+ Recommended – PG, Animation, Adventure, Fantasy
If you’re looking for your next animation fix outside of Studio Ghibli, Studio Ponoc is making a name for themselves. Right out of the gates, they bring us Mary and the Witch’s Flower (original title: Meari to majo no hana) and it is a fantastic place to start. Based off Mary Stewart’s first published book for children, The Little Broomstick, our film focuses on Mary Smith, a young girl who has recently moved into the countryside to live with her great-aunt Charlotte. With no one her age around and an affinity to be more trouble than help, Mary follows Tib the cat into the woods and discovers a strange flower with the ability to grant magic powers. As a mysterious broomstick whisks her off to a fantastic place: Endor College- a school of magic. What secrets are the quirky professors hiding?
First, this movie is adorable. The animation is stunning and flows beautifully from scene to scene. The score is wonderfully timed and really serves its purpose on helping transition. I watched the English dubbed version, and the voice actors are absolutely spot on. Our main cast is centered around five people, Mary (Ruby Barnhill), Great-Aunt Charlotte (Lynda Baron), Peter (Louis Ashbourne Serkis), Madam Mumblechook (Kate Winslet), and Doctor Dee (Jim Broadbent). The cast works wonderfully together with the story to bring light to the two worlds, both magic and mundane.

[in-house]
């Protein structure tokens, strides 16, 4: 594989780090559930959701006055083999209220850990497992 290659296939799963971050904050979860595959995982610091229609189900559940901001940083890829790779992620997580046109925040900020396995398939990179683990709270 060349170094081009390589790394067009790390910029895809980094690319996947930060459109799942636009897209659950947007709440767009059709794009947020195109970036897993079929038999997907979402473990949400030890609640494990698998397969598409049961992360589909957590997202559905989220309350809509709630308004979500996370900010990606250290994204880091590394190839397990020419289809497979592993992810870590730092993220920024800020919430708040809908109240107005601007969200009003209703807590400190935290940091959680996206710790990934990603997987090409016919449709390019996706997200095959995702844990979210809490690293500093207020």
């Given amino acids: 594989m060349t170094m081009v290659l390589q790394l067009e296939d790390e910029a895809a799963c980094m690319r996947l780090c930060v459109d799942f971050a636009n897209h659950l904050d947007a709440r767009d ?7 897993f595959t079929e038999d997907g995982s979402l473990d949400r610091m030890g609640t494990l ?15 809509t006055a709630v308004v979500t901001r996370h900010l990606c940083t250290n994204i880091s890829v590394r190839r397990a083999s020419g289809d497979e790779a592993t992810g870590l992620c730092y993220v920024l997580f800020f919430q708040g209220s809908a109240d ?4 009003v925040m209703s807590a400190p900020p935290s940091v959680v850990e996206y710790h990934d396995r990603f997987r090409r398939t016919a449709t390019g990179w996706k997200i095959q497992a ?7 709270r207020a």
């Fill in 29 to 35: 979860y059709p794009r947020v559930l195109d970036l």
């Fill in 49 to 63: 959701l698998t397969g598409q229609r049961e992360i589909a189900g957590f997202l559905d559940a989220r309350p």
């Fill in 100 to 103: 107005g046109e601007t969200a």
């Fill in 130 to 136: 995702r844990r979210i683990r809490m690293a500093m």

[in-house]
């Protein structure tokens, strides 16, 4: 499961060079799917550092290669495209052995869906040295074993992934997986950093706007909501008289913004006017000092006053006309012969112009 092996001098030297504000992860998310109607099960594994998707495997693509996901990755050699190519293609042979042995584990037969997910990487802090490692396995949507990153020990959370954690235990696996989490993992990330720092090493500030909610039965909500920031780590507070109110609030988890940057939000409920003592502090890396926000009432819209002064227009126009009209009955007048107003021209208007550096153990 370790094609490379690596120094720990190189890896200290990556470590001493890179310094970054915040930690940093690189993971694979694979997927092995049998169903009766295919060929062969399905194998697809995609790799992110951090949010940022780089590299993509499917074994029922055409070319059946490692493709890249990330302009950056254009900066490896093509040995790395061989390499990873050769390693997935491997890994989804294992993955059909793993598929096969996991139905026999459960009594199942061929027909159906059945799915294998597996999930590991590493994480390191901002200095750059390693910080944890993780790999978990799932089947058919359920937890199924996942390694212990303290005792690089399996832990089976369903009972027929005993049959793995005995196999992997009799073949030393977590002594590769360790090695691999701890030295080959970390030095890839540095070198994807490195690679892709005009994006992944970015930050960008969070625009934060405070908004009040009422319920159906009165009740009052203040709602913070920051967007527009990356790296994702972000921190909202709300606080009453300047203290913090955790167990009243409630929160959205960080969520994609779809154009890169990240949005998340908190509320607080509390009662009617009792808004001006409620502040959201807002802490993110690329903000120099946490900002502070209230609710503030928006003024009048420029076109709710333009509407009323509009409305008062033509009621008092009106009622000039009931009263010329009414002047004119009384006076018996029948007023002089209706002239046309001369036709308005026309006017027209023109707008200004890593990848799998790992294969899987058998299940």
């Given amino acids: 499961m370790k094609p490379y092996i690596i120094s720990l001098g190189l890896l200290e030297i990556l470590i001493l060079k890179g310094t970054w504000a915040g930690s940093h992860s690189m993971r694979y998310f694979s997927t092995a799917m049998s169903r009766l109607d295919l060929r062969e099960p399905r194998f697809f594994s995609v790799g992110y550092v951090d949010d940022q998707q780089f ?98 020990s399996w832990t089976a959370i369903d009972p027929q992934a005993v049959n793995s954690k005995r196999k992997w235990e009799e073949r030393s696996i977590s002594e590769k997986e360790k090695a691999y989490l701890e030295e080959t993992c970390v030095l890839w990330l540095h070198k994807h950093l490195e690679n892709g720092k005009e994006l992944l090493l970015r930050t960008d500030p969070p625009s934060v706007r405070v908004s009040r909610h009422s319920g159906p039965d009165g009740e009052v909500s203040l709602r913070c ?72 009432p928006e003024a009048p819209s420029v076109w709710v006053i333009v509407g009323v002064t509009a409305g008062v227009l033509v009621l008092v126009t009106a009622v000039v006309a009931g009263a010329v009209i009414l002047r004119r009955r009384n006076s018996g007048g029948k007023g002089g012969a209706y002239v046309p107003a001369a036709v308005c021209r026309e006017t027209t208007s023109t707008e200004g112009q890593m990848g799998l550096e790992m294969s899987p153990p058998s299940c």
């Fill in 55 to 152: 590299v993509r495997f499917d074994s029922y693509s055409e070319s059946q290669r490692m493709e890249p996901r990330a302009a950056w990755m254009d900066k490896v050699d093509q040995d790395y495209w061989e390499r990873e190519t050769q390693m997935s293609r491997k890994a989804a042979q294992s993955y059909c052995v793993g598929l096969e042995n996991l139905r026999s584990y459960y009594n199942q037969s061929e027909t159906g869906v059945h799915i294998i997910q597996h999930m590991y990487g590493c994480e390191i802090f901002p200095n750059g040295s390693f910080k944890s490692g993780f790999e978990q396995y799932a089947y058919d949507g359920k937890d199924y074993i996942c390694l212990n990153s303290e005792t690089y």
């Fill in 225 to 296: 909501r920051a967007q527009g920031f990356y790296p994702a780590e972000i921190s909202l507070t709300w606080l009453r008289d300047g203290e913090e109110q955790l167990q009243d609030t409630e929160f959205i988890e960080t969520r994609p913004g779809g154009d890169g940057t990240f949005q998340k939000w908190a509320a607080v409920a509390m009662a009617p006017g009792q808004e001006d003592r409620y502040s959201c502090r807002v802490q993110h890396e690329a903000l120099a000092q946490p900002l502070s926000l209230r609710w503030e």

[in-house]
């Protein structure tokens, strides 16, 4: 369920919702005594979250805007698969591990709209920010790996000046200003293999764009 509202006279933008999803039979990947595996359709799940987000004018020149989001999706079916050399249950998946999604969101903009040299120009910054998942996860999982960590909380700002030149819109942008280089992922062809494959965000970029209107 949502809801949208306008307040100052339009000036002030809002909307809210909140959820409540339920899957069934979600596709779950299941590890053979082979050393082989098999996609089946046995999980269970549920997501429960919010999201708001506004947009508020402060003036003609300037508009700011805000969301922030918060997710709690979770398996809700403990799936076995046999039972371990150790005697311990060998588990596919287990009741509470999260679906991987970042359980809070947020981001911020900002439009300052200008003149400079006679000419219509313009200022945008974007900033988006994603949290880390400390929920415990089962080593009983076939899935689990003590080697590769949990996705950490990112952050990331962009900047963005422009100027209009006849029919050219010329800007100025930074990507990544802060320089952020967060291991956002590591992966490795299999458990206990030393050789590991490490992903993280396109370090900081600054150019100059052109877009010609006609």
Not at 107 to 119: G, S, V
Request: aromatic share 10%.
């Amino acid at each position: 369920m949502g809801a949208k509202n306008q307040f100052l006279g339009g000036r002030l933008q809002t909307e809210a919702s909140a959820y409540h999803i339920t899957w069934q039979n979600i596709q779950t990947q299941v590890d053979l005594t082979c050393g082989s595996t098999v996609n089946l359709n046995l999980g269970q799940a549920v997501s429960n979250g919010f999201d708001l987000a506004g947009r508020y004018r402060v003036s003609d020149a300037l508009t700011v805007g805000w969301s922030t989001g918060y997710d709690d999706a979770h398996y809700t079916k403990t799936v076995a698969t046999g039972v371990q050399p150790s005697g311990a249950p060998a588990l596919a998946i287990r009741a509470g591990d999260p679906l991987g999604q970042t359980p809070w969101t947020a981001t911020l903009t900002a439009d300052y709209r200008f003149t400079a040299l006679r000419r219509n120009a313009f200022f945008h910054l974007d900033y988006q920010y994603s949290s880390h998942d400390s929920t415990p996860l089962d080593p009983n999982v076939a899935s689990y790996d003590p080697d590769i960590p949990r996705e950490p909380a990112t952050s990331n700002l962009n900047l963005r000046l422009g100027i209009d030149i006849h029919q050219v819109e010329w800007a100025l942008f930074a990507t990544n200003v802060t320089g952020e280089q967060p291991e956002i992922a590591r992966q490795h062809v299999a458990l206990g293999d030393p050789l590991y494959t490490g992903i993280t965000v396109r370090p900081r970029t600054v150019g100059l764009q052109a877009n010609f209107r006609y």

While the film is engaging and pleasing to the eye, it definitely has some pitfalls. For worlds that should be filled with history and even people, they both feel rather empty. We are given some explanation for the little village being rather deserted since it is the end of summer break, but our magic world should definitely feel like it has more than three people in it. I wish we had more time to focus on the story rather than relying on the dazzling imagery. That’s not to say that the story is boring, there are definitely plot lines to follow and be interested by, there’s just more backstory that needed to be established. Speaking of backstory, this is not the film to look for inspiration through character development. The only character that really changes through the film is Mary herself. However, our scenes looking into Great-Aunt Charlotte’s past were breathtakingly fascinating and I wish we had more of them. I could watch a whole movie about her character alone.
That’s really it. It’s not that deep, guys. It’s a fun movie to watch and if you’re looking for a good film to throw on in the background, Mary and the Witch’s Flower would be a great one to choose.